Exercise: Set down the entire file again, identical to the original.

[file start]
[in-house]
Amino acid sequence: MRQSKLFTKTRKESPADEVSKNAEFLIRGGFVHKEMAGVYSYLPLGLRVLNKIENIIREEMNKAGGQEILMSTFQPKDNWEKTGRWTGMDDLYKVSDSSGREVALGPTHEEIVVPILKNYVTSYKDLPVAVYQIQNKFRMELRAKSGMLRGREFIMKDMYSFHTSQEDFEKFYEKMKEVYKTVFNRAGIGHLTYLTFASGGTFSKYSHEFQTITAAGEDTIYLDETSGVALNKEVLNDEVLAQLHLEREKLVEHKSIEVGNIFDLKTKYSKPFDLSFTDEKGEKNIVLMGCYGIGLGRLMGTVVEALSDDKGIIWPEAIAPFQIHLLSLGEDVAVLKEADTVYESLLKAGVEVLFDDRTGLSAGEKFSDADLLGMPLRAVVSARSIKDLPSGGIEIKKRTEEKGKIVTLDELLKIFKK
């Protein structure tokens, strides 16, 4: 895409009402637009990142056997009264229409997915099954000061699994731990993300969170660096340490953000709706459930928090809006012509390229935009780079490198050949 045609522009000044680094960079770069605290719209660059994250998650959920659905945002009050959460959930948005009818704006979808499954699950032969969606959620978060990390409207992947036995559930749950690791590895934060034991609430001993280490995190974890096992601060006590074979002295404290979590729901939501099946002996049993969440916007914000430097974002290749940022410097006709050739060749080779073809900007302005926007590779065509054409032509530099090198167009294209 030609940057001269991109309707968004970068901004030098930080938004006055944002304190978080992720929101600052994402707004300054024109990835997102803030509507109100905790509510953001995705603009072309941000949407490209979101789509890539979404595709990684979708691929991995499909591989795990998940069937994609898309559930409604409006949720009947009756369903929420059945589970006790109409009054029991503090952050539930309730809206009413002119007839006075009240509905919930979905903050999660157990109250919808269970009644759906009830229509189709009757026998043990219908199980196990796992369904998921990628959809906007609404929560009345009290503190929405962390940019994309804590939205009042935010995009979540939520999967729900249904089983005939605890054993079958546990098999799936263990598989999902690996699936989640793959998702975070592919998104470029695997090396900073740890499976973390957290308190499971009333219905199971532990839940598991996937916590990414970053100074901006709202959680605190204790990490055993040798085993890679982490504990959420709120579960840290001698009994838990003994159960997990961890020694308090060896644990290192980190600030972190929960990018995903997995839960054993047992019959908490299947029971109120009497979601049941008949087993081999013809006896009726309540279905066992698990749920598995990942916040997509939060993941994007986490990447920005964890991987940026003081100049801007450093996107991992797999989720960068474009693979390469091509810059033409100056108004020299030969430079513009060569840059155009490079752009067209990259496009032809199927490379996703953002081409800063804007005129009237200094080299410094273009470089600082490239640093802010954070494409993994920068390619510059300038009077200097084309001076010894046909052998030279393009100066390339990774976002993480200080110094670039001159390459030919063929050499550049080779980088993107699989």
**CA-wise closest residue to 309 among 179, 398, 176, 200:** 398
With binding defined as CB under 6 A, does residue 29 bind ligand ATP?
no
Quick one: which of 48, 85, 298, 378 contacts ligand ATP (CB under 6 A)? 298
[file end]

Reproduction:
[in-house]
Amino acid sequence: MRQSKLFTKTRKESPADEVSKNAEFLIRGGFVHKEMAGVYSYLPLGLRVLNKIENIIREEMNKAGGQEILMSTFQPKDNWEKTGRWTGMDDLYKVSDSSGREVALGPTHEEIVVPILKNYVTSYKDLPVAVYQIQNKFRMELRAKSGMLRGREFIMKDMYSFHTSQEDFEKFYEKMKEVYKTVFNRAGIGHLTYLTFASGGTFSKYSHEFQTITAAGEDTIYLDETSGVALNKEVLNDEVLAQLHLEREKLVEHKSIEVGNIFDLKTKYSKPFDLSFTDEKGEKNIVLMGCYGIGLGRLMGTVVEALSDDKGIIWPEAIAPFQIHLLSLGEDVAVLKEADTVYESLLKAGVEVLFDDRTGLSAGEKFSDADLLGMPLRAVVSARSIKDLPSGGIEIKKRTEEKGKIVTLDELLKIFKK
């Protein structure tokens, strides 16, 4: 895409009402637009990142056997009264229409997915099954000061699994731990993300969170660096340490953000709706459930928090809006012509390229935009780079490198050949 045609522009000044680094960079770069605290719209660059994250998650959920659905945002009050959460959930948005009818704006979808499954699950032969969606959620978060990390409207992947036995559930749950690791590895934060034991609430001993280490995190974890096992601060006590074979002295404290979590729901939501099946002996049993969440916007914000430097974002290749940022410097006709050739060749080779073809900007302005926007590779065509054409032509530099090198167009294209 030609940057001269991109309707968004970068901004030098930080938004006055944002304190978080992720929101600052994402707004300054024109990835997102803030509507109100905790509510953001995705603009072309941000949407490209979101789509890539979404595709990684979708691929991995499909591989795990998940069937994609898309559930409604409006949720009947009756369903929420059945589970006790109409009054029991503090952050539930309730809206009413002119007839006075009240509905919930979905903050999660157990109250919808269970009644759906009830229509189709009757026998043990219908199980196990796992369904998921990628959809906007609404929560009345009290503190929405962390940019994309804590939205009042935010995009979540939520999967729900249904089983005939605890054993079958546990098999799936263990598989999902690996699936989640793959998702975070592919998104470029695997090396900073740890499976973390957290308190499971009333219905199971532990839940598991996937916590990414970053100074901006709202959680605190204790990490055993040798085993890679982490504990959420709120579960840290001698009994838990003994159960997990961890020694308090060896644990290192980190600030972190929960990018995903997995839960054993047992019959908490299947029971109120009497979601049941008949087993081999013809006896009726309540279905066992698990749920598995990942916040997509939060993941994007986490990447920005964890991987940026003081100049801007450093996107991992797999989720960068474009693979390469091509810059033409100056108004020299030969430079513009060569840059155009490079752009067209990259496009032809199927490379996703953002081409800063804007005129009237200094080299410094273009470089600082490239640093802010954070494409993994920068390619510059300038009077200097084309001076010894046909052998030279393009100066390339990774976002993480200080110094670039001159390459030919063929050499550049080779980088993107699989």
**CA-wise closest residue to 309 among 179, 398, 176, 200:** 398
With binding defined as CB under 6 A, does residue 29 bind ligand ATP?
no
Quick one: which of 48, 85, 298, 378 contacts ligand ATP (CB under 6 A)? 298